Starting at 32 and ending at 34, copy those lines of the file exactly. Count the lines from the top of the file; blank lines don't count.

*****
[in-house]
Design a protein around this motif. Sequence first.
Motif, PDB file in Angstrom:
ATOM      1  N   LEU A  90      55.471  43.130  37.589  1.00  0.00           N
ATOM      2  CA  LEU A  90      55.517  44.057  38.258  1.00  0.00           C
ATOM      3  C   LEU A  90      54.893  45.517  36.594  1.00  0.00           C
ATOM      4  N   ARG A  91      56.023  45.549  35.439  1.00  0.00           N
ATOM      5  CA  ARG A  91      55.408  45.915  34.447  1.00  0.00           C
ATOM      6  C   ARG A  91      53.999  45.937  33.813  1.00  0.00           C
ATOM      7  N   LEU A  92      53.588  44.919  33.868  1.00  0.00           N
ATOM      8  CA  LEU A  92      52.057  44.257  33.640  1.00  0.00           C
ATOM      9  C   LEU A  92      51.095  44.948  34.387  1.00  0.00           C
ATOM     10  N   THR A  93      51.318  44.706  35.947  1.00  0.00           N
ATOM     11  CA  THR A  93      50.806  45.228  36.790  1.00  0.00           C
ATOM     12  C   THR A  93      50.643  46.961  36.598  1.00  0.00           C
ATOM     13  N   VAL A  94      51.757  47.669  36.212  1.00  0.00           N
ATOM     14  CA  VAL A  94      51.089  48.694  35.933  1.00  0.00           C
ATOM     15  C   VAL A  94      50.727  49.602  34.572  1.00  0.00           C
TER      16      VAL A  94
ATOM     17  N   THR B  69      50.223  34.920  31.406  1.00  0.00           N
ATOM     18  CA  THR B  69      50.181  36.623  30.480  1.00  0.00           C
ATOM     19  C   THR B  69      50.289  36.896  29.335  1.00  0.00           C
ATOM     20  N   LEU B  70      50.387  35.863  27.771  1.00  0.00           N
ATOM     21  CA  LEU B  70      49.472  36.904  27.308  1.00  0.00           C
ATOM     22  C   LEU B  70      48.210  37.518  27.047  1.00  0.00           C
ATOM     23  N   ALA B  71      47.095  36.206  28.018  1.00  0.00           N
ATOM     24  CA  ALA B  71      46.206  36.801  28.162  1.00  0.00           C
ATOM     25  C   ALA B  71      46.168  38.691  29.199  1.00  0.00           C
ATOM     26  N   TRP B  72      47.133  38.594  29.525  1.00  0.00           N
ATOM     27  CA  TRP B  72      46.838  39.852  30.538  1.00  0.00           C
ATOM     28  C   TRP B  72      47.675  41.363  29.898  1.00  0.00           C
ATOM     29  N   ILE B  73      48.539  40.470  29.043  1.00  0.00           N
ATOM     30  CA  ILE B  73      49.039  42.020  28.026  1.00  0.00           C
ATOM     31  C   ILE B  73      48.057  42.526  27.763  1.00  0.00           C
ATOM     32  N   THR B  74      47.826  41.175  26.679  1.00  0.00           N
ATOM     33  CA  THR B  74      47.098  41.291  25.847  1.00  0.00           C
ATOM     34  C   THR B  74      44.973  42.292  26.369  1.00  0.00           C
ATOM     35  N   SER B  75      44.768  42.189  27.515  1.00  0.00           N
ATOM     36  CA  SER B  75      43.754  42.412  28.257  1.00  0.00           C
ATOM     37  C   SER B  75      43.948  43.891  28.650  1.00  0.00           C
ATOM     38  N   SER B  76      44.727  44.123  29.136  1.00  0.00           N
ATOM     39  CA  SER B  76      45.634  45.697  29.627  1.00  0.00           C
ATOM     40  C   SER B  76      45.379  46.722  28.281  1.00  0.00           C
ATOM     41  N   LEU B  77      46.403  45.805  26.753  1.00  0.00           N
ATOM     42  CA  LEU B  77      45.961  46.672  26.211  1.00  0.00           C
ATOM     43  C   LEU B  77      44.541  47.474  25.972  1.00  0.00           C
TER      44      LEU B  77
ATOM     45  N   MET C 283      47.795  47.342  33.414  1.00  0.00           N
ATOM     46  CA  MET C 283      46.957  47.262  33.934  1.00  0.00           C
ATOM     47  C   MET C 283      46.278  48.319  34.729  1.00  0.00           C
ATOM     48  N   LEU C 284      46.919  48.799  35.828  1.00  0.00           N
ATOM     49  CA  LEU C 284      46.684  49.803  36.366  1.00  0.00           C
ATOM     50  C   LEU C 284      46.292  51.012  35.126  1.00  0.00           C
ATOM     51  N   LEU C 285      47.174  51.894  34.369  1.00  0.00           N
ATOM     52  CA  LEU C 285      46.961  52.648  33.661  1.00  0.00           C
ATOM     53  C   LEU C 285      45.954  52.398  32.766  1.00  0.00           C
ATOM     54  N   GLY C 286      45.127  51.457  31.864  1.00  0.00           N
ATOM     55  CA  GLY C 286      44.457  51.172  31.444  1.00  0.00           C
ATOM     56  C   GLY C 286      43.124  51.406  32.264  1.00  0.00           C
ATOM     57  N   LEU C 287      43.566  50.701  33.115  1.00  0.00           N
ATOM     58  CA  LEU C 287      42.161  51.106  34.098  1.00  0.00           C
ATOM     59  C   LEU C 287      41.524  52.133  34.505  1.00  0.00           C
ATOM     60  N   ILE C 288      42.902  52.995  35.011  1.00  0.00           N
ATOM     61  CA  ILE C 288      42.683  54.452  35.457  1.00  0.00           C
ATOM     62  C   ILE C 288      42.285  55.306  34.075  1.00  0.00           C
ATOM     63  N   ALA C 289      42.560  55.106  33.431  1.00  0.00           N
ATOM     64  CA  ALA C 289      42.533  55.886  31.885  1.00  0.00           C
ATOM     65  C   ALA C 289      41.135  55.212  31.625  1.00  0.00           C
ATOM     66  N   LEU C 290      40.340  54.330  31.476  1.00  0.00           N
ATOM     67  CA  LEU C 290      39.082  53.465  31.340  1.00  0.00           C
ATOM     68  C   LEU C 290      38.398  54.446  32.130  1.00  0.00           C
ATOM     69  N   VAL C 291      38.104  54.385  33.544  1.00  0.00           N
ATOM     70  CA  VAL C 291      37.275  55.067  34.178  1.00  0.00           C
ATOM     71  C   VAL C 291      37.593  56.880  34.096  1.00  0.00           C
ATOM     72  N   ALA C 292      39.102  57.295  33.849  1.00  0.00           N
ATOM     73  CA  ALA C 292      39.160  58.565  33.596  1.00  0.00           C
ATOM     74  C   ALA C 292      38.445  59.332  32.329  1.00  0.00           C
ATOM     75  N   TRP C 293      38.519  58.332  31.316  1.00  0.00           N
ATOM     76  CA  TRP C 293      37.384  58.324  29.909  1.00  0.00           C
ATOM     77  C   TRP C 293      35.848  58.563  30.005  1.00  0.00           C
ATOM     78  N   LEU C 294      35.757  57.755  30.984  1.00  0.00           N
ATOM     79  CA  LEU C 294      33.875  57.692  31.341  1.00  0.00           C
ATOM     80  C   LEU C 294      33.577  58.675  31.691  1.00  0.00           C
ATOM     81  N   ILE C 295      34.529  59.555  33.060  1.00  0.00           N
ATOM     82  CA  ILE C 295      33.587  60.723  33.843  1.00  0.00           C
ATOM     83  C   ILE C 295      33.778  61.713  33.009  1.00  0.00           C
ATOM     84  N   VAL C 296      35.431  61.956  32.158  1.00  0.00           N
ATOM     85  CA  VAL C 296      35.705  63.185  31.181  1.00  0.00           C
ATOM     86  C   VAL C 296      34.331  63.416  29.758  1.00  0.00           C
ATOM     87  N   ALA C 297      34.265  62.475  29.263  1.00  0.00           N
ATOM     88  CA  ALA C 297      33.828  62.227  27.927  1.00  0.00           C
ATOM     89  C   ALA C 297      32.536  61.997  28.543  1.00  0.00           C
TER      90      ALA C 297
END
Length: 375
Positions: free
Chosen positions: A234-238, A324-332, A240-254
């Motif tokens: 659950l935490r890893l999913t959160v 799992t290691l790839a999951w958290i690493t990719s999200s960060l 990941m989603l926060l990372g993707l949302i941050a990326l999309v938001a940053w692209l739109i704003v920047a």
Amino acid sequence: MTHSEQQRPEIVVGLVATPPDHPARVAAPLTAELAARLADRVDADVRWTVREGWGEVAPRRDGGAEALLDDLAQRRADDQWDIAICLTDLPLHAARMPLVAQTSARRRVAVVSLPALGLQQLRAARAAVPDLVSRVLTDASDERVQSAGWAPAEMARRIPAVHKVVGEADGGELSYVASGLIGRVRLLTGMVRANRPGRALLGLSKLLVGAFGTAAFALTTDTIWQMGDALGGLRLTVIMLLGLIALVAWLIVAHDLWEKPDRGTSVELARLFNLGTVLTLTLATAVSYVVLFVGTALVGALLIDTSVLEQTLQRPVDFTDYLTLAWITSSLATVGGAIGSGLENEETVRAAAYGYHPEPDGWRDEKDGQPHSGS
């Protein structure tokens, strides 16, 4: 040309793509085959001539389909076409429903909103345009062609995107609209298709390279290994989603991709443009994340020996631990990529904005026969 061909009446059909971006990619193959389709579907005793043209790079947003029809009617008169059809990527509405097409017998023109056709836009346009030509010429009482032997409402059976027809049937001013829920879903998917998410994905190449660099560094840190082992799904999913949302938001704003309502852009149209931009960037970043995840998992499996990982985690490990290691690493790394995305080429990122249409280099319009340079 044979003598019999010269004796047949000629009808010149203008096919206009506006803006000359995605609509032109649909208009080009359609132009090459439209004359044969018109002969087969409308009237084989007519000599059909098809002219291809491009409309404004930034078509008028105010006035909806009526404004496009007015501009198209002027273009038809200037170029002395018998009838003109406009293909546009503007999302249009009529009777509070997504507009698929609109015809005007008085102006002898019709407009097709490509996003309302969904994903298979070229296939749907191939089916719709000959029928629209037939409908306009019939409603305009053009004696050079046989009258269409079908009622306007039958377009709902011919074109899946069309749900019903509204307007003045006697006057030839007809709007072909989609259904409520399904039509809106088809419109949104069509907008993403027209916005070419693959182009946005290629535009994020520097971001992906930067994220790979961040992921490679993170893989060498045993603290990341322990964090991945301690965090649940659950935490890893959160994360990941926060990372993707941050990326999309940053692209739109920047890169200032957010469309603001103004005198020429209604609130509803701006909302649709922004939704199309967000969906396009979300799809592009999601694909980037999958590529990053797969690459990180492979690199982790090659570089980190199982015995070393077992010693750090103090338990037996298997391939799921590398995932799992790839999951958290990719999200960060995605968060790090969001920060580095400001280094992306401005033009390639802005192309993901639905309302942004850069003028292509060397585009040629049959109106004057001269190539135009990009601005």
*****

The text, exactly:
ATOM     29  N   ILE B  73      48.539  40.470  29.043  1.00  0.00           N
ATOM     30  CA  ILE B  73      49.039  42.020  28.026  1.00  0.00           C
ATOM     31  C   ILE B  73      48.057  42.526  27.763  1.00  0.00           C